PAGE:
Recertification is the process of renewing your certification to maintain it and increase your current knowledge. Applying for recertification shows your commitment to your field, ensuring that you enjoy longer and more profitable employment. Now this process isn’t required by all states, but it may be mandatory by the certification issuer. So you need to find this out in advance. To get recertified, you won’t need to go through the whole certification process. Instead, you’ll need to accumulate CEUs or continuing education units from your certification provider or a recognized continuing education program. For instance, the American Society of Phlebotomy Technicians offers CEU conferences for its members while the National Center for Competency Testing provides Recertification/CE clock hours for sale for its members.
The Bottom Line of Certification
Becoming a certified phlebotomist is definitely one of the biggest achievements for your career. Following it with recertification will ensure that you’re on top of the latest innovations in your field, making you an asset your employer won’t dare to lose. If you’re still in school and about to enter the professional world, remember the following steps to become certified and successful in your future career:
- Check the requirements for the certification exam while you’re still in school and collect the necessary documents right away.
- Apply to the certification agency you choose and make sure to include all the required documents and fees.
- Once you get a response and a test date, start preparing to pass the test on the first go. This will save your time and give your career a head start.
- Even if you’ve attempted the online version of the test, wait until the results and certification come through to show your potential employer.
- If your state requires licensure, make sure to apply for it before you break the law.
- Create a reminder at least two months before your certification expires so that you can apply for or purchase CEUs for recertification.
Phlebotomy Jobs, Career Insights
Phlebotomists draw blood for research, transfusions, tests, and blood donations. They also communicate with patients to explain the process and provide assurance. When someone has an adverse reaction to their blood being drawn, phlebotomists assist in comforting the individual. Although the work of a phlebotomist focuses primarily around drawing blood, because many patients are afraid of needles, it is necessary for phlebotomists to have the people skills needed to provide ease of mind and comfort to those they interact with.
Watch this great video about the day to day working life of a phlebotomist:
Many organizations need phlebotomists, making it is possible for you to find a variety of different work arrangements. Due to the flexibility, phlebotomy jobs are perfect for a wide range of individuals, including: students, moms, semi-retirees, and those looking for full-time employment. If you decide to begin a career in this field, some of your potential work options include:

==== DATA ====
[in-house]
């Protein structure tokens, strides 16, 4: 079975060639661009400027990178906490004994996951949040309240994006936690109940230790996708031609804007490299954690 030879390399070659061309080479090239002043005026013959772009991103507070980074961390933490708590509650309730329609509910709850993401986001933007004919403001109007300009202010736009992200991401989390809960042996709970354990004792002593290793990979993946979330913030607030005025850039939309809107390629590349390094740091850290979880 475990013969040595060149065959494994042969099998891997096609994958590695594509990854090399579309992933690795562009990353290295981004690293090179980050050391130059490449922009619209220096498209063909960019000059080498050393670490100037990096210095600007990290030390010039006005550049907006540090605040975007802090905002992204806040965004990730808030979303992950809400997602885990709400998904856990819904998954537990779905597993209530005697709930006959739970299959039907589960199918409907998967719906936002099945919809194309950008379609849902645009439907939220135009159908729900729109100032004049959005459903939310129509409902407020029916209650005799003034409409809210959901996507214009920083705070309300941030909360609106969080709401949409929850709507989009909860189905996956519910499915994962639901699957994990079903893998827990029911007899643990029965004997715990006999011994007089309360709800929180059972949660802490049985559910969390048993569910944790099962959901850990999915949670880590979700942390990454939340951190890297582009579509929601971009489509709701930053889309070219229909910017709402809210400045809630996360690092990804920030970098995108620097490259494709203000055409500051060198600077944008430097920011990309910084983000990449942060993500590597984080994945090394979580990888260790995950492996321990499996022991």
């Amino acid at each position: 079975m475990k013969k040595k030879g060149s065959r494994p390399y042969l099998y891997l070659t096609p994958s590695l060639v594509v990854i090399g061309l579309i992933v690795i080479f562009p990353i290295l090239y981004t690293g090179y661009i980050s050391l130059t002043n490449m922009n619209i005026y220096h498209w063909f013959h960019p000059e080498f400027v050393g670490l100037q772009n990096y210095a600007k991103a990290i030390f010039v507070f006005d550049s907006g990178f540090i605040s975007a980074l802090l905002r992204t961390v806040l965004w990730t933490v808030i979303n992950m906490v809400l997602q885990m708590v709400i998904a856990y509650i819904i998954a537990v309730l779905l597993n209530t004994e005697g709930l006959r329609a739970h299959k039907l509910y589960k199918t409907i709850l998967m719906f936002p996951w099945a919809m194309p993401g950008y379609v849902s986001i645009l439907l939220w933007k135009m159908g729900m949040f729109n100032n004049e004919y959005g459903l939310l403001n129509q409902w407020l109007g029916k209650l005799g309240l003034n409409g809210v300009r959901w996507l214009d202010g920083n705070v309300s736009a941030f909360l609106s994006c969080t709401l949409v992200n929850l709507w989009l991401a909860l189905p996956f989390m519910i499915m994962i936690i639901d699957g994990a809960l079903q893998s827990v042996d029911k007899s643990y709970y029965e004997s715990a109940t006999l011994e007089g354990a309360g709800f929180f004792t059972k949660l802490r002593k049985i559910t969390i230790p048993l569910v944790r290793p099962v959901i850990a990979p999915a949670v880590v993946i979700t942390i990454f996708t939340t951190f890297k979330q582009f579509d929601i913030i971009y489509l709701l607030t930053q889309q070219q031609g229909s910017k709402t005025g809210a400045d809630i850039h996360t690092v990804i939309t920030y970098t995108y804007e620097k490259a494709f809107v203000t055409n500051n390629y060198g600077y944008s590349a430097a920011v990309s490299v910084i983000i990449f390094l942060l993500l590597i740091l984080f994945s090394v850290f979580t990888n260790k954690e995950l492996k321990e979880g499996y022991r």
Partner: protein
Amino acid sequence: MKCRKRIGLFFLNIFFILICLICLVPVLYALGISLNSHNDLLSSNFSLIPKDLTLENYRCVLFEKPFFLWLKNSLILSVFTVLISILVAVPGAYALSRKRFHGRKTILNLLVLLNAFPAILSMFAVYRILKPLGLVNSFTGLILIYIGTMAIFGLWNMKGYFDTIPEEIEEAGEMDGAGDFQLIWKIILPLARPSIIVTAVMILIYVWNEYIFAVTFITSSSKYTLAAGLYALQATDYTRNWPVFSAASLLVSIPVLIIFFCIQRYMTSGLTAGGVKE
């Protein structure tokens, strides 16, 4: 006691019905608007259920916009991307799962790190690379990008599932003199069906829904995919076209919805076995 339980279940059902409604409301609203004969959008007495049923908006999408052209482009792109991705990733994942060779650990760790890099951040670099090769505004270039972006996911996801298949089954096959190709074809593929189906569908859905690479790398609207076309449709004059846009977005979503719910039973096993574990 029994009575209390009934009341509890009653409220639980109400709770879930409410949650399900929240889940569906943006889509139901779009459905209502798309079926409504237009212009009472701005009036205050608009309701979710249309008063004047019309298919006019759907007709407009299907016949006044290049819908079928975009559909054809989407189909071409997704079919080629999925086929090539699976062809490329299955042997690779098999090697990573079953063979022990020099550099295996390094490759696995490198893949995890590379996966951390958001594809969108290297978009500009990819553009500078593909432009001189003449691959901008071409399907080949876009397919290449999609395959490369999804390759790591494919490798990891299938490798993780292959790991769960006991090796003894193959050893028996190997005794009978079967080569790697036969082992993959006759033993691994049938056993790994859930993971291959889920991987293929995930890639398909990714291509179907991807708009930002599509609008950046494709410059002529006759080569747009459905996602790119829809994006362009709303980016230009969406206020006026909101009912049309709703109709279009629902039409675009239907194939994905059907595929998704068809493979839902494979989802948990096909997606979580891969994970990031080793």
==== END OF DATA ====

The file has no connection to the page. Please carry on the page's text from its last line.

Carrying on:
- Part time phlebotomy jobs: For someone with other engagements, phlebotomy is an excellent part-time profession. It can often be difficult to find a part-time work paying over minimum wage, the average $12 an hour pay that phlebotomists receive make it a lucrative part-time job.
- Full time (permenant) job: With an average salary of $29,000, phlebotomy offers a relatively high salary for the length of the educational program. For someone needing to work full time, phlebotomy offers pay that is significantly higher than minimum wage.
- Entry level job: Phlebotomy can prove to be a valuable stepping stone for someone interested in a career in healthcare. If you are thinking about becoming a nurse or other medical professional, phlebotomy provides hands-on experience with patients that can prove valuable to your future career.
- Locum tenens: The term locum tenens is Latin for “place holder”. Sometimes a temporary worker is needed after an employee leaves – to cover the position until the new hire arrives. For a retiree interested in making additional income on occasion, signing up to be a locums at local healthcare organizations is a great way to remain active without working on a regular basis.
- Traveling phlebotomy jobs: For experienced phlebotomists who are interested in earning more, while traveling, becoming a traveling phlebotomist can be a rewarding experience. When a company need to send a phlebotomist to distant locations, it often means working alone. For this reason, only the most experienced and reliable phlebotomists can become travelers.